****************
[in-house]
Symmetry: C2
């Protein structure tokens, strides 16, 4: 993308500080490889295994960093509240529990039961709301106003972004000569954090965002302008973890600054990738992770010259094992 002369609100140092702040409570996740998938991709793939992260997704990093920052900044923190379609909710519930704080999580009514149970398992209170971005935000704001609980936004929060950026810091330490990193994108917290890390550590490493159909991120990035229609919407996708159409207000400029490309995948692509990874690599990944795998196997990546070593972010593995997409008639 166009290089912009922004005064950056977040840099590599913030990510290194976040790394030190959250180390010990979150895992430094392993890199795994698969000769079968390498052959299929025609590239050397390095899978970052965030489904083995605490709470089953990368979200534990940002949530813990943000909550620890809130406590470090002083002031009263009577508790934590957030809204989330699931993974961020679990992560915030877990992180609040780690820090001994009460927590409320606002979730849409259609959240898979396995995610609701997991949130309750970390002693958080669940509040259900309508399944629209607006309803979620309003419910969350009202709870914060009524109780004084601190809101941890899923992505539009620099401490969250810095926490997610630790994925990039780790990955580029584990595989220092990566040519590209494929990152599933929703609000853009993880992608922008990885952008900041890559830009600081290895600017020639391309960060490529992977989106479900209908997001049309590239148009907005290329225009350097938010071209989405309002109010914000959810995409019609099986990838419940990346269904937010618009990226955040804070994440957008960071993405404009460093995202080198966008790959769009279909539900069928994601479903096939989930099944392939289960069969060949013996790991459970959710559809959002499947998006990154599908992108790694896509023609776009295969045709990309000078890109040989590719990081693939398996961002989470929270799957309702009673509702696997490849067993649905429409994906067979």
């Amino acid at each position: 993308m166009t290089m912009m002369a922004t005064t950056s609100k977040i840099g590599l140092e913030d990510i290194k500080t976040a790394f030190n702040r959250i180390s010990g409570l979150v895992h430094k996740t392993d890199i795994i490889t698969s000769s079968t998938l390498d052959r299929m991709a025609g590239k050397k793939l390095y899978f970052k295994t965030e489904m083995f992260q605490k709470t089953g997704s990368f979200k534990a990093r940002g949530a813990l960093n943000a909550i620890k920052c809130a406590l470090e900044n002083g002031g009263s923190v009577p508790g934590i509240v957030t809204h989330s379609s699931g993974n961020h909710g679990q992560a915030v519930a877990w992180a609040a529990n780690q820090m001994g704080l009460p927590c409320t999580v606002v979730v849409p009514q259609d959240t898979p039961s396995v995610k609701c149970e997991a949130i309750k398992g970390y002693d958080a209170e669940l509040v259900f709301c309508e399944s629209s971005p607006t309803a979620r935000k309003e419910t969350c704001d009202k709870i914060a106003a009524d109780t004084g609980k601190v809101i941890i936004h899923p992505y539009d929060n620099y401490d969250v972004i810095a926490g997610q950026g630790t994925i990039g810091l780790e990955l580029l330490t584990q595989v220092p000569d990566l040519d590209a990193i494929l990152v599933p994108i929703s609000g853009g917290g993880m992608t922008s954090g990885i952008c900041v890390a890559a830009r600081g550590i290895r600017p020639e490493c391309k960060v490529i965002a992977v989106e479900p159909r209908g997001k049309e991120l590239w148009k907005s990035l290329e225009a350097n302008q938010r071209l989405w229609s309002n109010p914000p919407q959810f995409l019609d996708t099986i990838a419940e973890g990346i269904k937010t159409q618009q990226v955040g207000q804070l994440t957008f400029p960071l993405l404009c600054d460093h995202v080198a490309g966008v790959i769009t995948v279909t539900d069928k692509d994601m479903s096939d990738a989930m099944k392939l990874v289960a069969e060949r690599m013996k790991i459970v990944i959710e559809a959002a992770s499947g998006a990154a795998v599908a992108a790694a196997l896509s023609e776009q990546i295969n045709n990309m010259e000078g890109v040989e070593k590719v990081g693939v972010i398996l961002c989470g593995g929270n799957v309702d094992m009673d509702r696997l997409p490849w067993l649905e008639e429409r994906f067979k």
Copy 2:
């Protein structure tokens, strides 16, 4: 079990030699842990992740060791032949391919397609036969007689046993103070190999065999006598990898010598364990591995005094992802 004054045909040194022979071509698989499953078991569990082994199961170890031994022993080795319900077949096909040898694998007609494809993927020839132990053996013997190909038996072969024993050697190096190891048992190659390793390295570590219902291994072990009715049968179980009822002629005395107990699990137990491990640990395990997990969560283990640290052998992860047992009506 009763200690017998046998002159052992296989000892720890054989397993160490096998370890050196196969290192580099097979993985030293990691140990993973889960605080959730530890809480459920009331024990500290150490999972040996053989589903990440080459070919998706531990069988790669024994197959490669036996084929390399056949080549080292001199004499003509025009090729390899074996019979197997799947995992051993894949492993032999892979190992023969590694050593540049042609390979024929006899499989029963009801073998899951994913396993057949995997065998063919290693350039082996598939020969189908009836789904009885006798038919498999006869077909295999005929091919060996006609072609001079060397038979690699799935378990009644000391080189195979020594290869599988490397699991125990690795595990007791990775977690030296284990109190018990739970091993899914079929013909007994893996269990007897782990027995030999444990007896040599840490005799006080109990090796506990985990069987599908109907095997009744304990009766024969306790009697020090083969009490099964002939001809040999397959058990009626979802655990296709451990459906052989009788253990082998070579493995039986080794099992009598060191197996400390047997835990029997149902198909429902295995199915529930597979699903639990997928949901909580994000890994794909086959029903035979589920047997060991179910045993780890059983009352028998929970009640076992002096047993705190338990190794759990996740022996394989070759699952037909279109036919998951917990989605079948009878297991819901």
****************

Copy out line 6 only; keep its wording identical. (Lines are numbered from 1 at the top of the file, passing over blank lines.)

């Protein structure tokens, strides 16, 4: 079990030699842990992740060791032949391919397609036969007689046993103070190999065999006598990898010598364990591995005094992802 004054045909040194022979071509698989499953078991569990082994199961170890031994022993080795319900077949096909040898694998007609494809993927020839132990053996013997190909038996072969024993050697190096190891048992190659390793390295570590219902291994072990009715049968179980009822002629005395107990699990137990491990640990395990997990969560283990640290052998992860047992009506 009763200690017998046998002159052992296989000892720890054989397993160490096998370890050196196969290192580099097979993985030293990691140990993973889960605080959730530890809480459920009331024990500290150490999972040996053989589903990440080459070919998706531990069988790669024994197959490669036996084929390399056949080549080292001199004499003509025009090729390899074996019979197997799947995992051993894949492993032999892979190992023969590694050593540049042609390979024929006899499989029963009801073998899951994913396993057949995997065998063919290693350039082996598939020969189908009836789904009885006798038919498999006869077909295999005929091919060996006609072609001079060397038979690699799935378990009644000391080189195979020594290869599988490397699991125990690795595990007791990775977690030296284990109190018990739970091993899914079929013909007994893996269990007897782990027995030999444990007896040599840490005799006080109990090796506990985990069987599908109907095997009744304990009766024969306790009697020090083969009490099964002939001809040999397959058990009626979802655990296709451990459906052989009788253990082998070579493995039986080794099992009598060191197996400390047997835990029997149902198909429902295995199915529930597979699903639990997928949901909580994000890994794909086959029903035979589920047997060991179910045993780890059983009352028998929970009640076992002096047993705190338990190794759990996740022996394989070759699952037909279109036919998951917990989605079948009878297991819901």